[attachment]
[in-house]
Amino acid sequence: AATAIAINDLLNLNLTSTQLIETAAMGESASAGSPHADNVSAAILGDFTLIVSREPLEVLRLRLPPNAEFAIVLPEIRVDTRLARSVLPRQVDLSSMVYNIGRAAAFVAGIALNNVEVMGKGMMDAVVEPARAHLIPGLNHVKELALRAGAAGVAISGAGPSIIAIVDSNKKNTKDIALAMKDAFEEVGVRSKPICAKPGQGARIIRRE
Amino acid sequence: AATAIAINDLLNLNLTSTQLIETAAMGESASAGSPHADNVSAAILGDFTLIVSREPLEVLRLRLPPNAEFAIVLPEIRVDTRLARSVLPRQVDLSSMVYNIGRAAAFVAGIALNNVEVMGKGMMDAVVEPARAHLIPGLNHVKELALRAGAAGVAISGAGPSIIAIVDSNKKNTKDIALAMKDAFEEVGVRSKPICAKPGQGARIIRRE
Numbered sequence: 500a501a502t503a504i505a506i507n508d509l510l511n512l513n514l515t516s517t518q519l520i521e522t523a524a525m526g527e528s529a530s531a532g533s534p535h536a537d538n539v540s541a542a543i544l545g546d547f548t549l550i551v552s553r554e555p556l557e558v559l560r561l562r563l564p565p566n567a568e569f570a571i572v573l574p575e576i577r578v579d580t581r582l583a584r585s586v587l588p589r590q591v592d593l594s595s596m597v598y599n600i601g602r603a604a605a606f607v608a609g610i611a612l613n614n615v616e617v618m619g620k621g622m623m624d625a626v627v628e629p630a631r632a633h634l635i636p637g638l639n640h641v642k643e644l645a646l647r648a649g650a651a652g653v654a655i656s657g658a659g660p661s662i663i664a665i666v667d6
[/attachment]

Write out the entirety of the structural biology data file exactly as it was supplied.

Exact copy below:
[in-house]
Amino acid sequence: AATAIAINDLLNLNLTSTQLIETAAMGESASAGSPHADNVSAAILGDFTLIVSREPLEVLRLRLPPNAEFAIVLPEIRVDTRLARSVLPRQVDLSSMVYNIGRAAAFVAGIALNNVEVMGKGMMDAVVEPARAHLIPGLNHVKELALRAGAAGVAISGAGPSIIAIVDSNKKNTKDIALAMKDAFEEVGVRSKPICAKPGQGARIIRRE
Amino acid sequence: AATAIAINDLLNLNLTSTQLIETAAMGESASAGSPHADNVSAAILGDFTLIVSREPLEVLRLRLPPNAEFAIVLPEIRVDTRLARSVLPRQVDLSSMVYNIGRAAAFVAGIALNNVEVMGKGMMDAVVEPARAHLIPGLNHVKELALRAGAAGVAISGAGPSIIAIVDSNKKNTKDIALAMKDAFEEVGVRSKPICAKPGQGARIIRRE
Numbered sequence: 500a501a502t503a504i505a506i507n508d509l510l511n512l513n514l515t516s517t518q519l520i521e522t523a524a525m526g527e528s529a530s531a532g533s534p535h536a537d538n539v540s541a542a543i544l545g546d547f548t549l550i551v552s553r554e555p556l557e558v559l560r561l562r563l564p565p566n567a568e569f570a571i572v573l574p575e576i577r578v579d580t581r582l583a584r585s586v587l588p589r590q591v592d593l594s595s596m597v598y599n600i601g602r603a604a605a606f607v608a609g610i611a612l613n614n615v616e617v618m619g620k621g622m623m624d625a626v627v628e629p630a631r632a633h634l635i636p637g638l639n640h641v642k643e644l645a646l647r648a649g650a651a652g653v654a655i656s657g658a659g660p661s662i663i664a665i666v667d6